“It always starts with the patient,” Dr. MacDonald added. “We see patients with the start of AMD at the Royal Alex and Eye Institute of Alberta, by examining the back of the eye. We then look at the genetic factors that might be risk factors and if we see that they’re unique, that’s when we check it out further—we do a skin biopsy, replicate the cells, make the ‘test’ stem cells, and then really research them.” In other words, the lab is replicating the cells of a few unique patients to then perform different tests involving the LRP1 protein on these copied cells.

Several of these patients identified hail from three families based in Alberta. 

And better yet, the research could lead to breakthroughs beyond AMD.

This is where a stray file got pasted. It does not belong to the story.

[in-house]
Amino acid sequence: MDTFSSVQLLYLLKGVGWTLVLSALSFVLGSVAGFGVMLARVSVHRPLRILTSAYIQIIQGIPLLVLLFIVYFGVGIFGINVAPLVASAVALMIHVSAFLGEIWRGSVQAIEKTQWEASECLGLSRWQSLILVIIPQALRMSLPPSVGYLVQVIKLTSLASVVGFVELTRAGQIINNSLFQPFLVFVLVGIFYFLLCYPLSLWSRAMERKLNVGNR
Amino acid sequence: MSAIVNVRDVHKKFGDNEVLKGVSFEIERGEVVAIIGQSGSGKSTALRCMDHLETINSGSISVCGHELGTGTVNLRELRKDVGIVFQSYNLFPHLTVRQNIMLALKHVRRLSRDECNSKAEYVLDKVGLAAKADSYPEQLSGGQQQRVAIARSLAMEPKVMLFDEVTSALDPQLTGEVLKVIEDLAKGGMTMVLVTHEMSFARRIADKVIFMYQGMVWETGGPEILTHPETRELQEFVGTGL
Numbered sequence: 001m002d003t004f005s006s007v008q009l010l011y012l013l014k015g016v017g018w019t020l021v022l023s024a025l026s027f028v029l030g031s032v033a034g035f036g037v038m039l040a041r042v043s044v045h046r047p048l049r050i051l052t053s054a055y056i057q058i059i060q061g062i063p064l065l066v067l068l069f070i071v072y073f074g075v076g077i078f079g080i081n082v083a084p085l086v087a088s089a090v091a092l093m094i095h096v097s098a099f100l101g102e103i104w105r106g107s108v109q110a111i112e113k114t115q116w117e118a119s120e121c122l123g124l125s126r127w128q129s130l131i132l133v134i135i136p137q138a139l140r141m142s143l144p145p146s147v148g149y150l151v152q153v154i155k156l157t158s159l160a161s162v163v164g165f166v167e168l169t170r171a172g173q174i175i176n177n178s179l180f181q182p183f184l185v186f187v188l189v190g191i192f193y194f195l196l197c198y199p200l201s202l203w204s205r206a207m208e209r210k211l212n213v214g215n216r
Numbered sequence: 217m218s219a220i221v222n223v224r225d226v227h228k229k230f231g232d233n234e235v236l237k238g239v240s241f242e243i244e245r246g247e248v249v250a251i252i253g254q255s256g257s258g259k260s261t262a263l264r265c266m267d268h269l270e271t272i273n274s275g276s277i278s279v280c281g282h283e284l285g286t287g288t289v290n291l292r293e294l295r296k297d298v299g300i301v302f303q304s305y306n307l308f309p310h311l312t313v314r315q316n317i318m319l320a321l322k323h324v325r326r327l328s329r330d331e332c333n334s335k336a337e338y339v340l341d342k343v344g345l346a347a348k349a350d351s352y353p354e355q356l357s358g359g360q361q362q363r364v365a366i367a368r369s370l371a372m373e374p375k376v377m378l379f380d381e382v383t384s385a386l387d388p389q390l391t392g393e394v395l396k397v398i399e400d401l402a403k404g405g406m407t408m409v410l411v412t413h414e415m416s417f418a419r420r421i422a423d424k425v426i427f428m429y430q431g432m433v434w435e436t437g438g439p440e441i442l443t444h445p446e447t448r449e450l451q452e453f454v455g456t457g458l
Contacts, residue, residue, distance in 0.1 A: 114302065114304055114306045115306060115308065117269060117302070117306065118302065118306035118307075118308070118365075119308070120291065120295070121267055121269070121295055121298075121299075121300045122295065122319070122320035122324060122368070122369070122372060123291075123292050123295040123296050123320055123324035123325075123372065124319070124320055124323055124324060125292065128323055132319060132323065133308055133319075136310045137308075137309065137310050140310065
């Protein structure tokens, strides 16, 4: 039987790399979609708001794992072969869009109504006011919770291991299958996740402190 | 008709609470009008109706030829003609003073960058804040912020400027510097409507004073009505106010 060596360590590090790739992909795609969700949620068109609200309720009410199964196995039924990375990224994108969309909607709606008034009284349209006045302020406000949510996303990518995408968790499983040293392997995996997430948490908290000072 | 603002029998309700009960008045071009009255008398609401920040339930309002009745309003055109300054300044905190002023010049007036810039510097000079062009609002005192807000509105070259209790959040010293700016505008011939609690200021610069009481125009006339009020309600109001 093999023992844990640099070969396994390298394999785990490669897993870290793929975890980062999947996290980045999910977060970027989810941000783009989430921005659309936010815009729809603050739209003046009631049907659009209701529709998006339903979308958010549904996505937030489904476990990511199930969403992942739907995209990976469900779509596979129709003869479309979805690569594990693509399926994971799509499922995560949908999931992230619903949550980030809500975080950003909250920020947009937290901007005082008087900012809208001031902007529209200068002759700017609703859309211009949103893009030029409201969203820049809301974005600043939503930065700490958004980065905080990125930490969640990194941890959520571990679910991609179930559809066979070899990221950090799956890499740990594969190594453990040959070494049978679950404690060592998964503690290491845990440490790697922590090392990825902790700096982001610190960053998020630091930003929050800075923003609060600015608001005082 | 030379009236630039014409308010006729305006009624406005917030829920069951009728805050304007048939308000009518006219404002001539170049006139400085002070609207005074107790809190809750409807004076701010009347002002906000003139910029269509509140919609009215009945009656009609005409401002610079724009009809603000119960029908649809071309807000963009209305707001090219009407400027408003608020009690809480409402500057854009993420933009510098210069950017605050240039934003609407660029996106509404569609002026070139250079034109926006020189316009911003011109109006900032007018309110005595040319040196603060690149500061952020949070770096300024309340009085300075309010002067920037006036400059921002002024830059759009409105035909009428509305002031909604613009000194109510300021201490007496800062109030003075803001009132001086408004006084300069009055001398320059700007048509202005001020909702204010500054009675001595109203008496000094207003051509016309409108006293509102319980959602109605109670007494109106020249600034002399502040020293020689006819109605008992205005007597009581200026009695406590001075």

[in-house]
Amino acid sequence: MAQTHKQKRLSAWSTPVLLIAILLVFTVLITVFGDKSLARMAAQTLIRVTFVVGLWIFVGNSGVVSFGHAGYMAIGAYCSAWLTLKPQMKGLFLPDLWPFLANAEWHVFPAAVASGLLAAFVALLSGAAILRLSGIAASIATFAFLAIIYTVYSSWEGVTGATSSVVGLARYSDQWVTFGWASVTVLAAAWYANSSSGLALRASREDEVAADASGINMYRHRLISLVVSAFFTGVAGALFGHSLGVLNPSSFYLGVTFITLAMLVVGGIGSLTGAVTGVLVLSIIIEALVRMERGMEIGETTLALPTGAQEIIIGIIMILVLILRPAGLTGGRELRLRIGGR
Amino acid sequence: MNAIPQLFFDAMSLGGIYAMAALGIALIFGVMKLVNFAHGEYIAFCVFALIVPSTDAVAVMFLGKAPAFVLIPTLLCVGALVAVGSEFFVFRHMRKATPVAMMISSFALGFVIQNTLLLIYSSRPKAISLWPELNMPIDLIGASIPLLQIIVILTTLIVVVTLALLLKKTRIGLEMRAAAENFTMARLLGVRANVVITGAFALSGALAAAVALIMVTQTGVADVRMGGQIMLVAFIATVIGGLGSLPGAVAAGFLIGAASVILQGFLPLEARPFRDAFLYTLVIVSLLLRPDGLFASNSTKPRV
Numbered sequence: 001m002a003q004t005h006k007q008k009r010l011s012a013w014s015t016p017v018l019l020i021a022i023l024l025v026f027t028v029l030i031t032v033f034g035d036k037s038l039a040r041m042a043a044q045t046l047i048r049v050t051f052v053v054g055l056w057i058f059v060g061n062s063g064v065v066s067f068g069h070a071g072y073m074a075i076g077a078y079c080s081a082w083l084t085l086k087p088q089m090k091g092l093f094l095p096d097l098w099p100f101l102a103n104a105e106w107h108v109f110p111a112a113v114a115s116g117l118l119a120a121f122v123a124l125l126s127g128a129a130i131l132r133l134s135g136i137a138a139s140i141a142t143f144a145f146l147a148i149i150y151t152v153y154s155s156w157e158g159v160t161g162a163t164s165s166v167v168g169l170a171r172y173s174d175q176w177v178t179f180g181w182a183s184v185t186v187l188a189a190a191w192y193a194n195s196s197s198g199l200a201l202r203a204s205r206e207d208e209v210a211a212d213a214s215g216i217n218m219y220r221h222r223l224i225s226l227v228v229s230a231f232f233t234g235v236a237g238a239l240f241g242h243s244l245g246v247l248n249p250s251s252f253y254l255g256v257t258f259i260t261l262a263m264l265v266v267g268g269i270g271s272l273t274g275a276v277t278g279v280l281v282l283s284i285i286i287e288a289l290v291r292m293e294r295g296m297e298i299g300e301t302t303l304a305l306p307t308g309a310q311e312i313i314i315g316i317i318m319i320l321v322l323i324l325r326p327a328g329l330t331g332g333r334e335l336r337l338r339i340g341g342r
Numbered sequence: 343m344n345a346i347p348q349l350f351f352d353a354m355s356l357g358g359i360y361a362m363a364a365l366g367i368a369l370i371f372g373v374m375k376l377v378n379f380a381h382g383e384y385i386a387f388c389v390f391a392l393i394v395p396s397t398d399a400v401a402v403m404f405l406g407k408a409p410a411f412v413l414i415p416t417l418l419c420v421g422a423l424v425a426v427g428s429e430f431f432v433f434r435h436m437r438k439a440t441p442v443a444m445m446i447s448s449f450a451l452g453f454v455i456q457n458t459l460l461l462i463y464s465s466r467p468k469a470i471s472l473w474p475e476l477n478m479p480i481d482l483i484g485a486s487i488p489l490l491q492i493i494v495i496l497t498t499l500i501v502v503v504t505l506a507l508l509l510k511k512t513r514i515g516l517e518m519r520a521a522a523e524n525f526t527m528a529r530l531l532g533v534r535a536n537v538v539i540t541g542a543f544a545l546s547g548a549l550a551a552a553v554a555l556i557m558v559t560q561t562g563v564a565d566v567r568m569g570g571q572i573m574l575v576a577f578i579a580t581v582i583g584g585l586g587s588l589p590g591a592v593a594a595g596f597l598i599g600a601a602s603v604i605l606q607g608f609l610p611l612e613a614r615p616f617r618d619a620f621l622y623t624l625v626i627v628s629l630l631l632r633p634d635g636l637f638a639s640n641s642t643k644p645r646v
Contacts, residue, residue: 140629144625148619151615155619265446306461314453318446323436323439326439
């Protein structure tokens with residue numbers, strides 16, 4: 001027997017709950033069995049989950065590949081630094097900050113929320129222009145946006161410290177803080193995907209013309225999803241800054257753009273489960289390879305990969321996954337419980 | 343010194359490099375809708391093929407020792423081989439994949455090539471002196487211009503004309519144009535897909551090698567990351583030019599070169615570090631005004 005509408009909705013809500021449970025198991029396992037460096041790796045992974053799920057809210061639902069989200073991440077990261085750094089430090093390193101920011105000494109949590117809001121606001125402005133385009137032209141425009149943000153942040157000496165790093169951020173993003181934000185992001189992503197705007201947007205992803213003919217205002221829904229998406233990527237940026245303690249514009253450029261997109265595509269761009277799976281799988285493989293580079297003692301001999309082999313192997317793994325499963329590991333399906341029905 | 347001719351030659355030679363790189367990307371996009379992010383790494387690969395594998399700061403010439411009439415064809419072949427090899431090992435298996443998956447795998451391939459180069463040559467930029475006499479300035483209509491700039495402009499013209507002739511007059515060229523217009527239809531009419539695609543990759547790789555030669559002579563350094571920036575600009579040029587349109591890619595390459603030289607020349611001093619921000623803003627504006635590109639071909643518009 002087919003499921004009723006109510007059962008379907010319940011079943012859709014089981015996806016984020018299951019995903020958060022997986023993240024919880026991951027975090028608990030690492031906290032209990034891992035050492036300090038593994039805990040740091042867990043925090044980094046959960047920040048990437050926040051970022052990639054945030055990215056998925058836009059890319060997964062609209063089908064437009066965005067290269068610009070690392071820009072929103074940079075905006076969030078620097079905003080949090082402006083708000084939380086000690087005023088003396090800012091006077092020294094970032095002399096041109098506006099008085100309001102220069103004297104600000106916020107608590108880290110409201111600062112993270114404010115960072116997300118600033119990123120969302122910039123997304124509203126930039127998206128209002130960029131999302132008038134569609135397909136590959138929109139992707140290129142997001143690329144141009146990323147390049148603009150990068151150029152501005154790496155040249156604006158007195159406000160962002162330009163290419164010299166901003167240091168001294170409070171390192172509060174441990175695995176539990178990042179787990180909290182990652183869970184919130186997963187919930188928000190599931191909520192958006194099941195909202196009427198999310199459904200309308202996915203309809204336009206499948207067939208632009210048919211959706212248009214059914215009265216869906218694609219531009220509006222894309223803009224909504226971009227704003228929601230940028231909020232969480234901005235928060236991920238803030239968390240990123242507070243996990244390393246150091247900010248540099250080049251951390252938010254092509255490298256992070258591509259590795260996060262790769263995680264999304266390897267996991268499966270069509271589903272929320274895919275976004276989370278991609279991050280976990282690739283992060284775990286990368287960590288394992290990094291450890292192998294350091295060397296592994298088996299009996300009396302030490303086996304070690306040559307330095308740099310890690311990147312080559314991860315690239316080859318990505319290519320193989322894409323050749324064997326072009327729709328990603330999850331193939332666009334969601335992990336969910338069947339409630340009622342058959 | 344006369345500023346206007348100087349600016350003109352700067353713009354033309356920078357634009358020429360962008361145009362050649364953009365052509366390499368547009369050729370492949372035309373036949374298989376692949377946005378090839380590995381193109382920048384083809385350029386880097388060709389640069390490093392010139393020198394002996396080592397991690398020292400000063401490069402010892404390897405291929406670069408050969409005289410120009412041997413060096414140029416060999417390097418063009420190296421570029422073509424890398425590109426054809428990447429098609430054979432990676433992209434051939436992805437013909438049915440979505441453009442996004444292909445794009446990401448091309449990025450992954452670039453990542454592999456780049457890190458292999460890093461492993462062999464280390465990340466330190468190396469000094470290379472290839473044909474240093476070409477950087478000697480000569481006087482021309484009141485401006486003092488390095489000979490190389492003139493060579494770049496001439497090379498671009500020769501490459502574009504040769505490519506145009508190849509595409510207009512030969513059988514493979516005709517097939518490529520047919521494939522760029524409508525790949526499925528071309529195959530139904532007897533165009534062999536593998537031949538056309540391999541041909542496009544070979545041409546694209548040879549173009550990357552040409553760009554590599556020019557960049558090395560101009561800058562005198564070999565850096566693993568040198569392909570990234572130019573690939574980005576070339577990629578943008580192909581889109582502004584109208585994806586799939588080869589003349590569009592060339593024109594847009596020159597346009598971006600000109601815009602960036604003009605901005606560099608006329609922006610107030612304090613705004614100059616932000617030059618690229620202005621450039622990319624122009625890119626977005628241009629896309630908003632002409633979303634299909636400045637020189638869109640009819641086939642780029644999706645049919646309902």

Since the LRP1 protein has an enormous amount of overlap with the pathology of AMD, a better understanding of the protein could lead to a better understanding of many other retinal issues.

“This is the excitement that drives everything. It’s novel, it’s opening up new opportunities, building the capacity to ask the questions of what’s going to be beneficial,” said Dr. MacDonald. “Discovery science is what we should be doing. What we have here is unique and related to Albertans!” 

The implications of this research are so exciting that it is attracting donors and collaborators, and opening up even more doors for Dr. MacDonald, Dr. Doucette, the lab, and many others passionate about eye health. 

In fact, one donor who would prefer to remain anonymous has chosen to support the Eye Institute and research projects like this by donating a total of $28,000+ over the last few years. As someone experiencing AMD, this donor cited their confidence in the Eye Institute, the ongoing research, and Dr. MacDonald